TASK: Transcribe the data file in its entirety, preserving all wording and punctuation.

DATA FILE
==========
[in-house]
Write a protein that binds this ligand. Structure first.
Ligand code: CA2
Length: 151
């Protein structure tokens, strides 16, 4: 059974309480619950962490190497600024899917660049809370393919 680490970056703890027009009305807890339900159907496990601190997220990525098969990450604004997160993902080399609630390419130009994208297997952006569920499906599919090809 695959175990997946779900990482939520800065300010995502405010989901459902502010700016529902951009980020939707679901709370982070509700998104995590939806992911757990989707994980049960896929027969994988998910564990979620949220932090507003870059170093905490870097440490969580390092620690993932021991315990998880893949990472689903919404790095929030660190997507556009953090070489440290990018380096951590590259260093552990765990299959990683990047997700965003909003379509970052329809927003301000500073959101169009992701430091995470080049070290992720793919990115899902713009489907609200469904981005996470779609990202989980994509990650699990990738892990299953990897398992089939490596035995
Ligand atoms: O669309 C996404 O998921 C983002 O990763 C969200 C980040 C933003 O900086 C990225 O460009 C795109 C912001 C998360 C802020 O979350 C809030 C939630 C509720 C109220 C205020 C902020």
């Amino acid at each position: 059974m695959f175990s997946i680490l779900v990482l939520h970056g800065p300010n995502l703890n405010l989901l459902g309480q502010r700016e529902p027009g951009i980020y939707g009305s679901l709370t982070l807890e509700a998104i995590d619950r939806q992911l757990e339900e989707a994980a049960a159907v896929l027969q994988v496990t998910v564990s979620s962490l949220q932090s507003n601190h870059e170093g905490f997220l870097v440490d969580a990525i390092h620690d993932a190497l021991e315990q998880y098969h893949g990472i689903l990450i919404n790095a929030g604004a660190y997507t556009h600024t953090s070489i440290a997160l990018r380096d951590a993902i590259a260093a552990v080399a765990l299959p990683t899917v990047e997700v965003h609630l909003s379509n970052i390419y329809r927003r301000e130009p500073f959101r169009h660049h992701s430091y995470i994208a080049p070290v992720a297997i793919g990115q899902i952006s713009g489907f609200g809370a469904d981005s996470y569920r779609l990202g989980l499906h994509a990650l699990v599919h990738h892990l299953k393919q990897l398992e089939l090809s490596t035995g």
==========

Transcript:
[in-house]
Write a protein that binds this ligand. Structure first.
Ligand code: CA2
Length: 151
């Protein structure tokens, strides 16, 4: 059974309480619950962490190497600024899917660049809370393919 680490970056703890027009009305807890339900159907496990601190997220990525098969990450604004997160993902080399609630390419130009994208297997952006569920499906599919090809 695959175990997946779900990482939520800065300010995502405010989901459902502010700016529902951009980020939707679901709370982070509700998104995590939806992911757990989707994980049960896929027969994988998910564990979620949220932090507003870059170093905490870097440490969580390092620690993932021991315990998880893949990472689903919404790095929030660190997507556009953090070489440290990018380096951590590259260093552990765990299959990683990047997700965003909003379509970052329809927003301000500073959101169009992701430091995470080049070290992720793919990115899902713009489907609200469904981005996470779609990202989980994509990650699990990738892990299953990897398992089939490596035995
Ligand atoms: O669309 C996404 O998921 C983002 O990763 C969200 C980040 C933003 O900086 C990225 O460009 C795109 C912001 C998360 C802020 O979350 C809030 C939630 C509720 C109220 C205020 C902020």
């Amino acid at each position: 059974m695959f175990s997946i680490l779900v990482l939520h970056g800065p300010n995502l703890n405010l989901l459902g309480q502010r700016e529902p027009g951009i980020y939707g009305s679901l709370t982070l807890e509700a998104i995590d619950r939806q992911l757990e339900e989707a994980a049960a159907v896929l027969q994988v496990t998910v564990s979620s962490l949220q932090s507003n601190h870059e170093g905490f997220l870097v440490d969580a990525i390092h620690d993932a190497l021991e315990q998880y098969h893949g990472i689903l990450i919404n790095a929030g604004a660190y997507t556009h600024t953090s070489i440290a997160l990018r380096d951590a993902i590259a260093a552990v080399a765990l299959p990683t899917v990047e997700v965003h609630l909003s379509n970052i390419y329809r927003r301000e130009p500073f959101r169009h660049h992701s430091y995470i994208a080049p070290v992720a297997i793919g990115q899902i952006s713009g489907f609200g809370a469904d981005s996470y569920r779609l990202g989980l499906h994509a990650l699990v599919h990738h892990l299953k393919q990897l398992e089939l090809s490596t035995g």